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  20. David Boonin & Graham Oddie (eds.) (2004). What's Wrong?: Applied Ethicists and Their Critics. Oxford University Press.
    What's Wrong?: Applied Ethicists and Their Critics is a thorough and engaging introduction to applied ethics that covers virtually all of the issues in the field. Featuring more than ninety-five articles, it addresses standard topics--such as abortion, euthanasia, capital punishment, world hunger, and animal rights--and also delves into cutting-edge areas like cloning, racial profiling, same-sex marriage, prostitution, and slave reparations. The volume includes seminal essays by prominent philosophers (Robert Nozick, James Rachels, Peter Singer, and Judith Jarvis Thomson) alongside work by (...)
     
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  21. Graham Oddie (2001). Axiological Atomism. Australasian Journal of Philosophy 79 (3):313 – 332.
    Value is either additive or else it is subject to organic unity. In general we have organic unity where a complex whole is not simply the sum of its parts. Value exhibits organic unity if the value of a complex, whether a complex state or complex quality, is greater or less than the sum of the values of its components or parts. Whether or not value is additive might be thought to be of purely metaphysical interest, but it is also (...)
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  22. Graham Oddie (2001). Hume, the BAD Paradox, and Value Realism. Philo 4 (2):109-122.
    A recent slew of arguments, if sound, would demonstrate that realism about value involves a kind of paradox-I call it the BAD paradox.More precisely, they show that if there are genuine propositions about the good, then one could maintain harmony between one’s desires and one’s beliefs about the good only on pain of violating fundamental principles of decision theory. I show. however, the BAD paradox turns out to be a version of Newcomb’s problem, and that the cognitivist about value can (...)
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  23. Graham Oddie (2001). Recombinant Values. Philosophical Studies 106 (3):259 - 292.
    An attractive admirer of George Bernard Shaw once wrote to him with a not-so modest proposal: ``You have the greatest brain in the world, and I have the most beautiful body; so we ought to produce the most perfect child.'' Shaw replied: ``What if the child inherits my body and your brains?''What if, indeed? Shaw's retort is interesting not because it revealsa grasp of elementary genetics, but rather because it suggests his grasp of an interesting and important principle of axiology. (...)
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  24. Graham Oddie (2001). Reduction: Varieties Of. In N. J. Smelser & B. Baltes (eds.), International Encyclopedia of the Social and Behavioral Sciences. 12.
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  25. Graham Oddie (2001). Scrumptious Functions. Grazer Philosophische Studien 62 (1):137-156.
    The taste of this particular chunk of fresh pineapple, the one which I am just now eating, is scrumptious. That taste is something the chunk has in common with other such chunks, like the one I had a few seconds ago and the one I will have in a few seconds time. The taste of this pineapple chunk is thus a feature,a property,which this and various otherchunks of pineapple share. Now, intuitively at least, no purely mathematical entity, like a function, (...)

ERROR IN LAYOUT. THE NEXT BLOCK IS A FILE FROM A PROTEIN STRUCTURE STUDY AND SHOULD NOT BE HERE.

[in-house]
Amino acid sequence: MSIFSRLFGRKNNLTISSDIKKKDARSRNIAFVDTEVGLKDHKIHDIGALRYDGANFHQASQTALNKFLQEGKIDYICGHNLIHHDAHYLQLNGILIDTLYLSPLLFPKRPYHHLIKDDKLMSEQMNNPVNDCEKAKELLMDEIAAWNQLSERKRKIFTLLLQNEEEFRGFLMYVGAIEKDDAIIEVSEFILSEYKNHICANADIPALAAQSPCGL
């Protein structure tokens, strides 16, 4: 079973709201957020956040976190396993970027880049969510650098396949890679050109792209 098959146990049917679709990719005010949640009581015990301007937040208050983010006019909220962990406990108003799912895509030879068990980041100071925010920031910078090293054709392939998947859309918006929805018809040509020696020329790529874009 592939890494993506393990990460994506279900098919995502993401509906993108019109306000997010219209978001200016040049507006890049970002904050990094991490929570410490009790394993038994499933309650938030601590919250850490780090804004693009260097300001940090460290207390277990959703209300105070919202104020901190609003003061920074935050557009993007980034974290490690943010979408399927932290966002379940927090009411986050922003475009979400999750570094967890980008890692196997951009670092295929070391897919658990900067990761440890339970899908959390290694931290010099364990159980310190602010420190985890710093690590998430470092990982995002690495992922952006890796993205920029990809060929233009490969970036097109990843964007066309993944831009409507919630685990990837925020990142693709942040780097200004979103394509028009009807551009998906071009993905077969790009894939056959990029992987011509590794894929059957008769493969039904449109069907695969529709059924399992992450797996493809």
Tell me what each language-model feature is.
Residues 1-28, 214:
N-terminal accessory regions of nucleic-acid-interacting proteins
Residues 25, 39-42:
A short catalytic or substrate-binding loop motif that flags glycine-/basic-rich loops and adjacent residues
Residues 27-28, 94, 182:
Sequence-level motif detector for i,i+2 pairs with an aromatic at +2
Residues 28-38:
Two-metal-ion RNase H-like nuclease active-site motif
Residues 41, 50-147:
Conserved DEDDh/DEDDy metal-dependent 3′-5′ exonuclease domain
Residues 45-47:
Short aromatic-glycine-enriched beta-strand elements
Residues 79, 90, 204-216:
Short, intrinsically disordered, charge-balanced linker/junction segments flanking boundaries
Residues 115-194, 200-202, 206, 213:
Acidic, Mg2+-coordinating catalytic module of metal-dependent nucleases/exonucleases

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  26. Graham Oddie (2001). Truth, Verification, Confirmation, Verisimilitude. In Smelser Niel J. (ed.), International Encyclopedia of the Social and Behavioral Sciences. Elsevier. 12857-64.
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  27. Graham Oddie (2000). Control, Consequence and Compatibilism. In T. Childers (ed.), Between Words and Worlds. Filosofia. 143-56.
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  28. Graham Oddie (2000). Permanent Possibilities of Sensation. Philosophical Studies 98 (3):345-359.
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  29. Graham Oddie (1998). Moral Realism, Moral Relativism and Moral Rules (a Compatibility Argument). Synthese 117 (2):251-274.
  30. Graham Oddie (1998). The Moral Case for the Legalization of Voluntary Euthanasia. Victoria University of Wellington Law Review 28:207-24.
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  31. Graham Oddie (1997). Conditionalization, Cogency, and Cognitive Value. British Journal for the Philosophy of Science 48 (4):533-541.
  32. Graham Oddie (1997). Killing and Letting-Die: Bare Differences and Clear Differences. Philosophical Studies 88 (3):267-287.
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  33. Graham Oddie (1996). Rescuing Reason. Philosophy 71 (277):445 - 460.
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  34. Graham Oddie (1996). The Consequences of Actions. In J. Copeland (ed.), Logic and Reality. Oxford University Press. 273-99.
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  35. Graham Oddie (1994). Harmony, Purity, Truth. Mind 103 (412):451-472.
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  36. Graham Oddie (1994). Moral Uncertainty and Human Embryo Experimentation. In K. W. M. Fulford, Grant Gillett & Janet Martin Soskice (eds.), Medicine and Moral Reasoning. Cambridge University Press. 3--144.